They fled for western Ukraine, which was safer, and where someone Haskevych found through Facebook offered a room for the family, he said.

But his goal was still the United States. Haskevych didn’t have any relatives or know anyone here. So he started Googling the names of churches and civic organizations hoping to find a sponsor. He'd dial from Ukraine late at night so he could reach potential sponsors in the U.S.

It didn’t go well initially. Some just hung up. Others sent emails back, but then never responded to Haskevych's multiple replies or phone calls.

“His parents after a month or two were just saying, ‘Give up. You’re not going to find anybody. Stop doing this, you are wasting your time and you are driving yourself and us crazy,' ” Tremsky said.

Then he got the call from the soft-spoken teen.

The way Haskevych remembers it, when Tremsky picked up the phone and started speaking Ukrainian, it felt as if he was being teased at a most non-teasable moment

“I thought the American churches are making fun of me,” he said. “I just couldn’t believe it … Who would think there is an American in New York who knows Ukrainian?” 

Tremsky grew up in a Slavic area of Ohio and speaks Ukrainian because he has had a long-time interest in the country. He has traveled there 14 times, including for programs to study the language.

After that first conversation in July 2022, Tremsky and Haskevych kept talking. By October, Tremsky went to Ukraine to meet the family in the western part of the country, which was relatively safe. Still, he had to fly into Krakow, Poland, and then take a train into Ukraine, since no commercial flights are allowed in.

Tremsky's visit, which was legally permitted, was punctuated by middle-of-the-night air raid sirens, but he and the family bonded, and he agreed to officially sponsor them. A few days before Christmas, they arrived in New York.

The father, however, had to remain in Ukraine because men between 18 and 60 are not allowed to leave amid the war, which broke out after Russian President Vladimir Putin launched an invasion on Feb. 24, 2022. More than two years of combat have left at least 31,000 Ukrainian soldiers dead, according to authorities there. The U.S. is backing Ukraine.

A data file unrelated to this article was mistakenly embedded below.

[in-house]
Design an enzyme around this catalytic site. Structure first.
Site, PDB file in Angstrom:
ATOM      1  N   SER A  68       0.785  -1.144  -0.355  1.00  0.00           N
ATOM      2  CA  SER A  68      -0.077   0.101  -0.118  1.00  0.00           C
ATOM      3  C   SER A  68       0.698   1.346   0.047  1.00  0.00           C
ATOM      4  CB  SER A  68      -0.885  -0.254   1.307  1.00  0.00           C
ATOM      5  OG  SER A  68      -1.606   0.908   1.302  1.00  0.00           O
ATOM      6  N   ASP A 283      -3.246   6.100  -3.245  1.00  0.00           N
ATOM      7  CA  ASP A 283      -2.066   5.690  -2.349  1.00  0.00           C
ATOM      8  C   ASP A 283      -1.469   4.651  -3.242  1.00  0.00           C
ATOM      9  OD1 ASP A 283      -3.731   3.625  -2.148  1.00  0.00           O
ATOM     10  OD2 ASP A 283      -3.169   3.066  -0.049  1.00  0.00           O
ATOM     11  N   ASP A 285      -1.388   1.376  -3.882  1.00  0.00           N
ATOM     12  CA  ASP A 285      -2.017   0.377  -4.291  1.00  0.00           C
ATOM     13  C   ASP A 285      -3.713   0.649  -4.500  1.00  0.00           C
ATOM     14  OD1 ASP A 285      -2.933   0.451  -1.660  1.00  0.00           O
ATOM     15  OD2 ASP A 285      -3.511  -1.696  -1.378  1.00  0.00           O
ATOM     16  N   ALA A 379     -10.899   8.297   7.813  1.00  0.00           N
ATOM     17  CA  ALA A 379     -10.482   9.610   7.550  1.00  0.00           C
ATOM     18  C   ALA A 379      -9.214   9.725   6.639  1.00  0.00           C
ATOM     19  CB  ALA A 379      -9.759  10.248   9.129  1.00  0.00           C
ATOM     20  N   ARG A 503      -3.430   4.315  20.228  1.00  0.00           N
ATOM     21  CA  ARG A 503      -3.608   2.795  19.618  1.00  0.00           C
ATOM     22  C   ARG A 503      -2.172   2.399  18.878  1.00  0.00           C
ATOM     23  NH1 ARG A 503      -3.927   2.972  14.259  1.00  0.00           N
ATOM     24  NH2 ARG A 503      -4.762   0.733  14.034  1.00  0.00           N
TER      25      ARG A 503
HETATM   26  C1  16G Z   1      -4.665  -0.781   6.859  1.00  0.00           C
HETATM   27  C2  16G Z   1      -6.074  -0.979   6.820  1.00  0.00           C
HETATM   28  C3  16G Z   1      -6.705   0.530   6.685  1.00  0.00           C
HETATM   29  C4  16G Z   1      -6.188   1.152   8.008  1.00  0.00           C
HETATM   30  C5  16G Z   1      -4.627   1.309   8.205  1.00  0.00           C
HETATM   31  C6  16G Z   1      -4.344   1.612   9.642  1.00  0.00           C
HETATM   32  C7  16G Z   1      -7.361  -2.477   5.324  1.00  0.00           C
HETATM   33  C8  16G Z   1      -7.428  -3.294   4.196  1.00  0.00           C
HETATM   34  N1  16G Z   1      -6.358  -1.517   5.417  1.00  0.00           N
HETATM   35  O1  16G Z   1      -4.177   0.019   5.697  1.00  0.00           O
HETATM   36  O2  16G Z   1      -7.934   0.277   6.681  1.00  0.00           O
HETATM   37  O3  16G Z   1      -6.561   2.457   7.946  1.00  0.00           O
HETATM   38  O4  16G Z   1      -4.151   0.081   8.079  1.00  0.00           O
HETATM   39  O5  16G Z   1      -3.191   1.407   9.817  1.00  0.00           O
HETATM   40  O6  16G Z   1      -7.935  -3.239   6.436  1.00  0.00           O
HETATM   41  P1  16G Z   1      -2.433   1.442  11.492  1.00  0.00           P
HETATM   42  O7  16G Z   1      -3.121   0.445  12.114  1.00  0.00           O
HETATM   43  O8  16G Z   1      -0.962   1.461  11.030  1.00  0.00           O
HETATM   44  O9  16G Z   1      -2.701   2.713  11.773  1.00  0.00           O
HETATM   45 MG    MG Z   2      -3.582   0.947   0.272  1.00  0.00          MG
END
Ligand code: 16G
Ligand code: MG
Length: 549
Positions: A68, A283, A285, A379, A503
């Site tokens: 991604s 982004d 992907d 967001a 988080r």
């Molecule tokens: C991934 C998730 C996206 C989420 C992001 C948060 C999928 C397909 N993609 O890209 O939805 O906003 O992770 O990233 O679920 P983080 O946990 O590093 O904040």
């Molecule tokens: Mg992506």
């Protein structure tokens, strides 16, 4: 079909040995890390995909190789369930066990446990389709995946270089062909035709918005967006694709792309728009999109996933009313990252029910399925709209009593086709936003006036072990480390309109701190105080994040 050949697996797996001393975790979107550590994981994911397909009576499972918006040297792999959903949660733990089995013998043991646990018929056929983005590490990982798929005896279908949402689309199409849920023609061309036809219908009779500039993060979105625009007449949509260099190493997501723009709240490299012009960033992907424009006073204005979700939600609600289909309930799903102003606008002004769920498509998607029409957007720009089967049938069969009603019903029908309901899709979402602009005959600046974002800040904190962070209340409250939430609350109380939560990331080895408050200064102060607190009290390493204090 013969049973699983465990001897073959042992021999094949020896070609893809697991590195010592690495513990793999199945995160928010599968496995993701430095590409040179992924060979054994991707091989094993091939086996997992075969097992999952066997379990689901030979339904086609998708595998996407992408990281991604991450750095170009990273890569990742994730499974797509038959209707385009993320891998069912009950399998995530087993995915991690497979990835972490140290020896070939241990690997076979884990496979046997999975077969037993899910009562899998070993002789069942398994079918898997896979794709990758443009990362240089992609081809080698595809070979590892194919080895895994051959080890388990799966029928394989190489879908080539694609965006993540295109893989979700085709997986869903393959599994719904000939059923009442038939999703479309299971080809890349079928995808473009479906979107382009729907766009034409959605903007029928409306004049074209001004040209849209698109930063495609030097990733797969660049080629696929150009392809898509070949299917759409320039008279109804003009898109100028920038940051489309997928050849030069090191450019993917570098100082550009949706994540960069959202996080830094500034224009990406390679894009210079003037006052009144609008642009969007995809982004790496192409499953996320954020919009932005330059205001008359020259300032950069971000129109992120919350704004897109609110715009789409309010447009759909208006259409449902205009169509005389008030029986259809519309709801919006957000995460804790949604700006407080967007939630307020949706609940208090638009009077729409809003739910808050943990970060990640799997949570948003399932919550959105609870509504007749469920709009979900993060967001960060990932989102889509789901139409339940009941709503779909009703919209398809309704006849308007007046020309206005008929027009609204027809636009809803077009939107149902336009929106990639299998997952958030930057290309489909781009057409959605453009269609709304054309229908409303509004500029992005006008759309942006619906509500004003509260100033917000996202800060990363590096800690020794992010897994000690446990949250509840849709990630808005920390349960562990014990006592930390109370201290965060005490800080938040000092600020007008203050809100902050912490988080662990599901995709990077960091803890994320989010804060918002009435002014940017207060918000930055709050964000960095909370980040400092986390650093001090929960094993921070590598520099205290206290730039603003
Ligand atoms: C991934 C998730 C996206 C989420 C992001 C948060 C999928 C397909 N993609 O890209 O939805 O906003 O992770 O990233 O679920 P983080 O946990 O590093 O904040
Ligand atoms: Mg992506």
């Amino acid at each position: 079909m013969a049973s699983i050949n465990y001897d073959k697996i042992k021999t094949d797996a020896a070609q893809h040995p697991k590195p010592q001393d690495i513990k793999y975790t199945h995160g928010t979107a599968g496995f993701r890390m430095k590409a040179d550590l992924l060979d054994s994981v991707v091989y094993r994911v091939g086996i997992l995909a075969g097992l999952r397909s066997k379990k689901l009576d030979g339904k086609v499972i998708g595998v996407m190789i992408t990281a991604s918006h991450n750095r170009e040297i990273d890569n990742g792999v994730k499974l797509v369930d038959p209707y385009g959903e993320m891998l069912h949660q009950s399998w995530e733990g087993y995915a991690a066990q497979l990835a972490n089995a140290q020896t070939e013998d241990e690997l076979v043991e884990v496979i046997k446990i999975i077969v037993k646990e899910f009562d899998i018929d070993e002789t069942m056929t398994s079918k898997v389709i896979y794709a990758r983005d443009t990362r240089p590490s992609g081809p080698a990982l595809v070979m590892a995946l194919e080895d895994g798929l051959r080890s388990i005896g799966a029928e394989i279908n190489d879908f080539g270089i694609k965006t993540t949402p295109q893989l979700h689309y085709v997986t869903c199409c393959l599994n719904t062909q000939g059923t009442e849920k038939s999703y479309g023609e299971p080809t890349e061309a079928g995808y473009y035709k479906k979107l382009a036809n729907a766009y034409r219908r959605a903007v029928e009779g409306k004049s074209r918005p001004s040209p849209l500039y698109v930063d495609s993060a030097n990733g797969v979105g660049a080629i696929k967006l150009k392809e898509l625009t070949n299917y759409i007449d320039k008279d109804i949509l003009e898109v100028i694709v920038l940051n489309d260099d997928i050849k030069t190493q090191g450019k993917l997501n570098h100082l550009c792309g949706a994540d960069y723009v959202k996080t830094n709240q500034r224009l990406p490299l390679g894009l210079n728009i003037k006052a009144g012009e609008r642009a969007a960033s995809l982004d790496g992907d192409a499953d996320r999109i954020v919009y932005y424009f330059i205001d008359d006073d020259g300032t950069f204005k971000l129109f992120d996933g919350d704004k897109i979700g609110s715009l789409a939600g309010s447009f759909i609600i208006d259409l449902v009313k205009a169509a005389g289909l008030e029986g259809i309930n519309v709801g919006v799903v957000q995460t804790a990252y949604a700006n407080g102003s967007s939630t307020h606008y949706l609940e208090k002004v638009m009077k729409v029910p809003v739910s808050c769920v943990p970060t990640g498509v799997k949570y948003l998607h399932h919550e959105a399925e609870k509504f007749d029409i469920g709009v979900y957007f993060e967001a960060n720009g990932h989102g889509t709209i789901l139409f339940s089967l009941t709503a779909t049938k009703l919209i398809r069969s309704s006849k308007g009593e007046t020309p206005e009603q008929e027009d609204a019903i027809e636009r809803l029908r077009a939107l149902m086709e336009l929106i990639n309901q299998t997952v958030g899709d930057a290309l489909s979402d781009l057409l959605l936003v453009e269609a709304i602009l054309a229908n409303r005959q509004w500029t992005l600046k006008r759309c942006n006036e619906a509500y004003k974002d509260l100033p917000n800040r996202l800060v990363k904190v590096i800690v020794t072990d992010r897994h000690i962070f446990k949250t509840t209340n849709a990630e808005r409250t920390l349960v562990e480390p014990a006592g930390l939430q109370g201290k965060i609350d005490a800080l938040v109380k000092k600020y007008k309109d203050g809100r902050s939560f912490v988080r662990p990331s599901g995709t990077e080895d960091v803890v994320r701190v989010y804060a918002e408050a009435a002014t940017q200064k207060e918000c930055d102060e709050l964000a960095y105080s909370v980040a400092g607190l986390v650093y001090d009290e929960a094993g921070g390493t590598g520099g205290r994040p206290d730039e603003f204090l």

Smooth transition

On Long Island, the transition for Haskevych has gone “shockingly well,” Tremsky said.

The teenager, who sometimes sounds more like a midcareer executive than a typical 18-year-old Long Islander, is popular in school and is an "A" student, according to Tremsky, who helped the incoming freshmen's college search. He has won scholarship money from UC Irvine, Amazon, and his high school that will pay part of his tuition. He plans to major in business information management in Irvine's computer science school.

Haskevych spent much of last summer at Stanford University doing an internship focused on solar panels. An unofficial sponsor he met through the Internet and who lives in Silicon Valley helped arrange it. Haskevych also cofounded a fledgling software company that he runs during his time off from school. It specializes in helping dance studios handle scheduling, payments and other items.

“Anton is a superstar,” said Donna Getchell, his math teacher at Garden City High School. “Anton’s life experience at such a young age supersedes most of what the other students will ever experience. He is a focused, brilliant and determined young man fighting for a brighter future.”

His 13-year-old sister has also fit in well, and is on her middle school's lacrosse team, Tremsky said. As for Haskevych's mother, she spends much of her time studying English in hopes of launching a career  one day, possibly in accounting. They speak often with Haskevych’s father by phone or FaceTime, and hope eventually to reunite with him on Long Island, though it’s unclear when or if that could happen.

Tremsky said the story of Haskevych’s journey still amazes him.

“I’ve worked with kids my whole life. I’ve never met anyone quite with this level of determination and drive,” Tremsky said. “It really is a story of persistence and not giving up. And it paid off.”